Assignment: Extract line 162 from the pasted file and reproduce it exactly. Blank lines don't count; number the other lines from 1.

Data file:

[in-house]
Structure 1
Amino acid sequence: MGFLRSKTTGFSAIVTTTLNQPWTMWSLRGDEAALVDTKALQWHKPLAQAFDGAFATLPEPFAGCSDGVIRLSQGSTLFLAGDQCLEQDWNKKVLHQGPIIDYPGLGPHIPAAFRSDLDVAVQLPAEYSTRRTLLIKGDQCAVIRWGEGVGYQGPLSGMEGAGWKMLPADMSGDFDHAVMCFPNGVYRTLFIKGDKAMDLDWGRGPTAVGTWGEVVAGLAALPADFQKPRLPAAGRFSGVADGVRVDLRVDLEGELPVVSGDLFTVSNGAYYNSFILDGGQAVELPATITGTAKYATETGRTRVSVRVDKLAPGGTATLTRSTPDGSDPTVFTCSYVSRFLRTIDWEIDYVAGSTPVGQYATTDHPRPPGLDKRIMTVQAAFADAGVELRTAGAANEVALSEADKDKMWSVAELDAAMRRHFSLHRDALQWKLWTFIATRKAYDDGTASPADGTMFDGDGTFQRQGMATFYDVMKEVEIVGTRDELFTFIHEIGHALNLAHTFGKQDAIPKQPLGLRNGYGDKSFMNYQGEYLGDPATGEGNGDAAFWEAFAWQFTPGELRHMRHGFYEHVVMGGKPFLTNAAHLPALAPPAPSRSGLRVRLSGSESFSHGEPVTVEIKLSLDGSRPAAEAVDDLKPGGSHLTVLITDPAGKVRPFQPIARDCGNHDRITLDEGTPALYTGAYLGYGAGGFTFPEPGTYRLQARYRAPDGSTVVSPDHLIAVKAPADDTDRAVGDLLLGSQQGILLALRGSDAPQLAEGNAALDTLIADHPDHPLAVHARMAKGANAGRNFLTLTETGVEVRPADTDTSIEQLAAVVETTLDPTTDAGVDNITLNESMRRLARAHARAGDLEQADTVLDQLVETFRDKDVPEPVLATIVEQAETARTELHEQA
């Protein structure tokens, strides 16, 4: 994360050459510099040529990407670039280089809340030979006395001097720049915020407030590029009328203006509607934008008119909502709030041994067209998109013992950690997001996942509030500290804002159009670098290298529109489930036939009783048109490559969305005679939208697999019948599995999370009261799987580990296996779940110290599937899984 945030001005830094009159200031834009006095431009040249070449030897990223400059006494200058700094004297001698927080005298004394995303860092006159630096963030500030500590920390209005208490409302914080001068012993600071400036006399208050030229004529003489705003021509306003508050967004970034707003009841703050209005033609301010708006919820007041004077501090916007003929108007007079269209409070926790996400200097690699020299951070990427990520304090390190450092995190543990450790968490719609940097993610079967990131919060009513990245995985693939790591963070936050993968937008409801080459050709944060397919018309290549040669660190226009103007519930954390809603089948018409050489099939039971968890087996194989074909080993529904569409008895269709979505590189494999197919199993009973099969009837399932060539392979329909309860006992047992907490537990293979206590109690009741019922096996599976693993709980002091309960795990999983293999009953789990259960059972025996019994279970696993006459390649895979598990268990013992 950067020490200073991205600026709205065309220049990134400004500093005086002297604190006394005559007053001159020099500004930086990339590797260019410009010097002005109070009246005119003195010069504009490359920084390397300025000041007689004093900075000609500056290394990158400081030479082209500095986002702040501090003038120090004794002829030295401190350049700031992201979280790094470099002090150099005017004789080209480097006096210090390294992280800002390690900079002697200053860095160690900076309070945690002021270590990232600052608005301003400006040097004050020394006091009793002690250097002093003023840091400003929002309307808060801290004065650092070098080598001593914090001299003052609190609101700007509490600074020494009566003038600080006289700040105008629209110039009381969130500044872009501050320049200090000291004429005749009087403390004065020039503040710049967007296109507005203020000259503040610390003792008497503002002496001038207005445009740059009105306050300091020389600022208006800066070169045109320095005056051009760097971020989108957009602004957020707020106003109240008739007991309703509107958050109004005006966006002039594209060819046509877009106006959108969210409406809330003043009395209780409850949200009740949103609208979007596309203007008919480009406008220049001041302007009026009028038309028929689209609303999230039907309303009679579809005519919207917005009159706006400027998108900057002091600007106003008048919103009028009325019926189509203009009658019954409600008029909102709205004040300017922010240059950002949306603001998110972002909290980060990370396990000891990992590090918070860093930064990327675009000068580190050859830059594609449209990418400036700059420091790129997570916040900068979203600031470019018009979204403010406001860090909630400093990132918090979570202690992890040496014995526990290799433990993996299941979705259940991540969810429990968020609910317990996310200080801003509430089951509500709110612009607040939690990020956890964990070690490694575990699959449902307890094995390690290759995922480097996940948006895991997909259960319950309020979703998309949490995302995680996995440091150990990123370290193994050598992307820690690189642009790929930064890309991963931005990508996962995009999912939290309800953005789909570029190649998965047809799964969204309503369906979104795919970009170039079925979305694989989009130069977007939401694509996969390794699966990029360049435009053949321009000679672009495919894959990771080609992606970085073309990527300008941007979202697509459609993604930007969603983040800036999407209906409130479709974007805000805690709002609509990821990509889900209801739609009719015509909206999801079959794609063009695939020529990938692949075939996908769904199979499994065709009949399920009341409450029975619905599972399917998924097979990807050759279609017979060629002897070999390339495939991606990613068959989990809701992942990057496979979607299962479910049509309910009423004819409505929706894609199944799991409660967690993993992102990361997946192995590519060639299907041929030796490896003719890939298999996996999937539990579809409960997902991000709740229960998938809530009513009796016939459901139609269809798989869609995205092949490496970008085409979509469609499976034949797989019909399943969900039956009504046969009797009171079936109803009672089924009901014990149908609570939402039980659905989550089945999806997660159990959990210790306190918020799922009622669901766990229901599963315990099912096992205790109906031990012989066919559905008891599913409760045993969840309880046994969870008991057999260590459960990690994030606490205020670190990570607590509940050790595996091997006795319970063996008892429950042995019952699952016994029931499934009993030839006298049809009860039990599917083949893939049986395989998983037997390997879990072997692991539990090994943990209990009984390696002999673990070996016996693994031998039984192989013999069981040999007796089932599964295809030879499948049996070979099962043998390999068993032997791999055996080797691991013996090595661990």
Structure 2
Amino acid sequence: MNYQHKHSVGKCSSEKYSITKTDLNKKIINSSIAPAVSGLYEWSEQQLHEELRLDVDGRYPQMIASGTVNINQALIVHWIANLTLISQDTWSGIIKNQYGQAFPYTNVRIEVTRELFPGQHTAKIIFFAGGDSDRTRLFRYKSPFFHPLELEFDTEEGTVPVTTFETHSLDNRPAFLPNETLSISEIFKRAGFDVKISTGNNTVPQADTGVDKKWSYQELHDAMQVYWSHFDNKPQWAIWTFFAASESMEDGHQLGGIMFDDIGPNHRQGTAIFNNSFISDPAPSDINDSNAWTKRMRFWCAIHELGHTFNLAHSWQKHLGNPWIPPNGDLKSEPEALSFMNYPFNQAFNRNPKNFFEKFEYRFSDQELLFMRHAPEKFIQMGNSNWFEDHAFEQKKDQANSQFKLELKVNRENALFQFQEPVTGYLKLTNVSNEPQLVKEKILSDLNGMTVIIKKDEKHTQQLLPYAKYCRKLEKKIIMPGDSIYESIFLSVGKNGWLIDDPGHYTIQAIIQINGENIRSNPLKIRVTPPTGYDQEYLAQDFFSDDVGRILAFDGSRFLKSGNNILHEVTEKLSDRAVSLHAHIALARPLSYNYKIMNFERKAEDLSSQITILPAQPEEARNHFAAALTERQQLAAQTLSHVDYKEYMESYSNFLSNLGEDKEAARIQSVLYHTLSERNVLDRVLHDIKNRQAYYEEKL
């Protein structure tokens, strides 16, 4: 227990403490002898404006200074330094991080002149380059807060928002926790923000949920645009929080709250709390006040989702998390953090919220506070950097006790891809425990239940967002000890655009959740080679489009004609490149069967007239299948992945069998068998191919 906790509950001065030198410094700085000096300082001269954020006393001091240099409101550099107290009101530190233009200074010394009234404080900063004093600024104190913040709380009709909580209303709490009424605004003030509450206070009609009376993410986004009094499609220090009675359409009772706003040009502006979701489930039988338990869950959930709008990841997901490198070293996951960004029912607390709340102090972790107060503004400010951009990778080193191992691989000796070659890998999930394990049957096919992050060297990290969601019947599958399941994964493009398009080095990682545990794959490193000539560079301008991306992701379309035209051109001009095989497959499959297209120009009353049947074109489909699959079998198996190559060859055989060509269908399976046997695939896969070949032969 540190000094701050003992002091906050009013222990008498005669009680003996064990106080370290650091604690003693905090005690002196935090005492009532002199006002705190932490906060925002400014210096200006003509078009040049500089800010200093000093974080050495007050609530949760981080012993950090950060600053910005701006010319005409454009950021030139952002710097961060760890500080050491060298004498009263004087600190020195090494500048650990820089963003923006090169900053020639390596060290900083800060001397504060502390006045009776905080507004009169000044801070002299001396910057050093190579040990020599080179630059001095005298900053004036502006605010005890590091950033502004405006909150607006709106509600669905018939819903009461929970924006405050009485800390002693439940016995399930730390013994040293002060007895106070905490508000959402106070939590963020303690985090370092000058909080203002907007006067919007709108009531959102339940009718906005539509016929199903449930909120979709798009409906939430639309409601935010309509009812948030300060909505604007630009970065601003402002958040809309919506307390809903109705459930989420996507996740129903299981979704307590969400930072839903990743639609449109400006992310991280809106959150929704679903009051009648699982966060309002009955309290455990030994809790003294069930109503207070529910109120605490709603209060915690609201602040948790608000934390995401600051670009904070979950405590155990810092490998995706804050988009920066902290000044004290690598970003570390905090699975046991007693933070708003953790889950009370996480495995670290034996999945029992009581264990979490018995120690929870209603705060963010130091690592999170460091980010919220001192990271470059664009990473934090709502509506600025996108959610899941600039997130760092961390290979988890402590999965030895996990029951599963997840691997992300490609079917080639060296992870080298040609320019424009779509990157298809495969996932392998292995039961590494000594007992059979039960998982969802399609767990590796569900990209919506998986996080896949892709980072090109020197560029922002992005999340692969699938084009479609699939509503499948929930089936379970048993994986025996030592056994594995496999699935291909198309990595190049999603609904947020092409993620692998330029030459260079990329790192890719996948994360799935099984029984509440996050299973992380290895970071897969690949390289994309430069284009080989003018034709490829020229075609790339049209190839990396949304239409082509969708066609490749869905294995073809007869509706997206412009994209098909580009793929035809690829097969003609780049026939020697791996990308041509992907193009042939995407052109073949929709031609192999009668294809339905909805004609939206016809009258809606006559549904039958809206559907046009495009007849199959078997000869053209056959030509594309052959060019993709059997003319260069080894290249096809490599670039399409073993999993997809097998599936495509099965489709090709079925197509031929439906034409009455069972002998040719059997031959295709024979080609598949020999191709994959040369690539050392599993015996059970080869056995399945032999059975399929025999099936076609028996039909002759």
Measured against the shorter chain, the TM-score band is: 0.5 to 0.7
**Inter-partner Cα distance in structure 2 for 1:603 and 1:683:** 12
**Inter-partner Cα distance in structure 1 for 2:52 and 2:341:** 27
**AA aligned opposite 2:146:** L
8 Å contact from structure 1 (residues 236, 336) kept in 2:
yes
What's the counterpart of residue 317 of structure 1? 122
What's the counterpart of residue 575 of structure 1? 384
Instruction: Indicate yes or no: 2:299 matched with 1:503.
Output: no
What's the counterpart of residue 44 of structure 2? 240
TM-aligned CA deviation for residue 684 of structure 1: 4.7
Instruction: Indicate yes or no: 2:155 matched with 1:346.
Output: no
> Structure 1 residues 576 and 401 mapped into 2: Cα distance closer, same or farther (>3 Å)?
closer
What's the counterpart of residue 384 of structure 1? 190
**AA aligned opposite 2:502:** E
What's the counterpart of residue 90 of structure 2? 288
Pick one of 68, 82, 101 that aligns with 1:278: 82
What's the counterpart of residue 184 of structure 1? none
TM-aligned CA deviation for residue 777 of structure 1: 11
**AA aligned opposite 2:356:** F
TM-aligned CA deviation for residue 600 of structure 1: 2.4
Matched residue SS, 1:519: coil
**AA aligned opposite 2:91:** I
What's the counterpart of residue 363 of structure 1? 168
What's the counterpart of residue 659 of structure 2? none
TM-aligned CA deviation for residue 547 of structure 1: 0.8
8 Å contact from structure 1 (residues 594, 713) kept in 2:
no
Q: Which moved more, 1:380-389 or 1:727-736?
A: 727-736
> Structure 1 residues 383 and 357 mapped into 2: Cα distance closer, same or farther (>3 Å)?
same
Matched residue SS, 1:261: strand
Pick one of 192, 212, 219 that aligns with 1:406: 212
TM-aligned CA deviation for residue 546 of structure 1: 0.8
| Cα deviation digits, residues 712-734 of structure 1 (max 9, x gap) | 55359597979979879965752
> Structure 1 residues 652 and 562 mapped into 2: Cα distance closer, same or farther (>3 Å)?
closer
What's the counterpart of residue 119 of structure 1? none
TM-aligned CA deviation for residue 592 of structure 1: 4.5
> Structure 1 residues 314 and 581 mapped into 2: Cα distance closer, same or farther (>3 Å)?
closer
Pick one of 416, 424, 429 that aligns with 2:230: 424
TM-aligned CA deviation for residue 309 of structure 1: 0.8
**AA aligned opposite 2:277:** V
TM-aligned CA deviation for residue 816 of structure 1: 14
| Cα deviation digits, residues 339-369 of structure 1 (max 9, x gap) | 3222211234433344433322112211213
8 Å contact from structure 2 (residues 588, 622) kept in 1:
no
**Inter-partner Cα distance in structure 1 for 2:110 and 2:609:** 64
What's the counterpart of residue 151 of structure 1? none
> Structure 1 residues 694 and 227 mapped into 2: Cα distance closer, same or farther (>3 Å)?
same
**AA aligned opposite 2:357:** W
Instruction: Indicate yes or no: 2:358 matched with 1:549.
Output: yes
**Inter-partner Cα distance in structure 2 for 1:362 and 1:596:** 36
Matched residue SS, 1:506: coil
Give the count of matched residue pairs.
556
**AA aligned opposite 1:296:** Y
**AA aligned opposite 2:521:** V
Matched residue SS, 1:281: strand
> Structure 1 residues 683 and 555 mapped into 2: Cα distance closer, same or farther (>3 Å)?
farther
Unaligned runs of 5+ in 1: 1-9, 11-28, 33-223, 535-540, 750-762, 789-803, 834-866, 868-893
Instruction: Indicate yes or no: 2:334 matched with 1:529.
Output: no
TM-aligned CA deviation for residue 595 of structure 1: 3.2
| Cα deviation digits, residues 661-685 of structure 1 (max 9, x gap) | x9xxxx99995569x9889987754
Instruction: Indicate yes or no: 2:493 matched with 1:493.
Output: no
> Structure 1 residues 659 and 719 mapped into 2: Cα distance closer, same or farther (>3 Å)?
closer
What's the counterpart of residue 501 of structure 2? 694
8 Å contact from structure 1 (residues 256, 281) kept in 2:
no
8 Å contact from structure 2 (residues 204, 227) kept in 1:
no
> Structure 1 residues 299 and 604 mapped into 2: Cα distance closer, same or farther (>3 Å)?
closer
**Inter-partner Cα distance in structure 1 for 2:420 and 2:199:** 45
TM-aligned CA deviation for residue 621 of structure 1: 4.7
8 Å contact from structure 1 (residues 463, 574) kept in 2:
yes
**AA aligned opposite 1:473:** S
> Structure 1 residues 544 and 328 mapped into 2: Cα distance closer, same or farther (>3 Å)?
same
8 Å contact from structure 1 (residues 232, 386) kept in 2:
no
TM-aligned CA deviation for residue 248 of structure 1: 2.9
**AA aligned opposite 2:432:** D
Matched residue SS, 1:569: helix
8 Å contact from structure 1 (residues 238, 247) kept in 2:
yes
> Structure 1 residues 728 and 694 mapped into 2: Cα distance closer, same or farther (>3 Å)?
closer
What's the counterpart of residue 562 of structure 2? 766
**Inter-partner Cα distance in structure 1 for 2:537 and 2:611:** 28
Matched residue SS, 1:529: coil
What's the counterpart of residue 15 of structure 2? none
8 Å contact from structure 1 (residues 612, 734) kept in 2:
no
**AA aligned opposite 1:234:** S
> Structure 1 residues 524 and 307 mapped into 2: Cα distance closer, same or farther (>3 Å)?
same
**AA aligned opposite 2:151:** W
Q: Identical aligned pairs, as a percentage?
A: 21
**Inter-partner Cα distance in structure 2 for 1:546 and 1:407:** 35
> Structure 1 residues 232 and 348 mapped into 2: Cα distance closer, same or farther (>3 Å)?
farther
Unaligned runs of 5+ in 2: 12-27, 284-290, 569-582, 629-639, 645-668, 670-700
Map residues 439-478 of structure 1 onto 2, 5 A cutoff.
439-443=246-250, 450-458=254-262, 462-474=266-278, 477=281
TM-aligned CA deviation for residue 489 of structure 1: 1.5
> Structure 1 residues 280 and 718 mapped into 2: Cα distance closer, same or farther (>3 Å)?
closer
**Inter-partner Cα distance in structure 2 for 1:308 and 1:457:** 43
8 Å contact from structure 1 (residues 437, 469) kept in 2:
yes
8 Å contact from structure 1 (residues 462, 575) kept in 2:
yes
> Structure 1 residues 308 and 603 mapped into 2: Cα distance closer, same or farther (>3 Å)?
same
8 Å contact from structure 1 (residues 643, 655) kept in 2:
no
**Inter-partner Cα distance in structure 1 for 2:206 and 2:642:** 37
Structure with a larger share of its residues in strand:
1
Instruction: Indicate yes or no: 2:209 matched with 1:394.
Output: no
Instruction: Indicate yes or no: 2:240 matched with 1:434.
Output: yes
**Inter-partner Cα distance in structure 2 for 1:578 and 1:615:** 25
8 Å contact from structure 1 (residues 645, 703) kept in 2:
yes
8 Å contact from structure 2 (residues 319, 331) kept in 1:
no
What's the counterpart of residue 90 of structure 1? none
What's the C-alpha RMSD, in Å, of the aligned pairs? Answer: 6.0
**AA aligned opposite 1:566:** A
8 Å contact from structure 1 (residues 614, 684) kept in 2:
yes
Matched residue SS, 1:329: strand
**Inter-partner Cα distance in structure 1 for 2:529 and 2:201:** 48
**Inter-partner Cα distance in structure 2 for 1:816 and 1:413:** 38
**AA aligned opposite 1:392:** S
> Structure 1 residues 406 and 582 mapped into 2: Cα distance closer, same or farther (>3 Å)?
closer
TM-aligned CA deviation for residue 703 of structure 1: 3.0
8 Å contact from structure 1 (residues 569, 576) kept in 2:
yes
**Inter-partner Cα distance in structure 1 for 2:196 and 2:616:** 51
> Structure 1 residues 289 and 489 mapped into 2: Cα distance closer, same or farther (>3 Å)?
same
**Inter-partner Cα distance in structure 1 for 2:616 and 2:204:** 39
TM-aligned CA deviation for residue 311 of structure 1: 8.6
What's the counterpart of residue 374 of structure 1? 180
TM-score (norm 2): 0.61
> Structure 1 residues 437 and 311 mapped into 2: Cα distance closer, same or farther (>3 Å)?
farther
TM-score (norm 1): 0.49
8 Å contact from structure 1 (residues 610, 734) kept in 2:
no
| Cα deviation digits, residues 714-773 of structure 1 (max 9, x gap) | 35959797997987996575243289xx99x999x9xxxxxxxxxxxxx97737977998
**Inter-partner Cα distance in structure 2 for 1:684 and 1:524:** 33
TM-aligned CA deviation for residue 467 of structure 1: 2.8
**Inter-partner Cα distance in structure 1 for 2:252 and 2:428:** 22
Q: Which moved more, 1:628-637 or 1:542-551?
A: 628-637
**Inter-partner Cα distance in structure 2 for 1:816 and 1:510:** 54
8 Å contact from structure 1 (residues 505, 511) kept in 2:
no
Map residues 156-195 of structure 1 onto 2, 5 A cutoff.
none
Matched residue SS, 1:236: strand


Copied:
8 Å contact from structure 1 (residues 569, 576) kept in 2: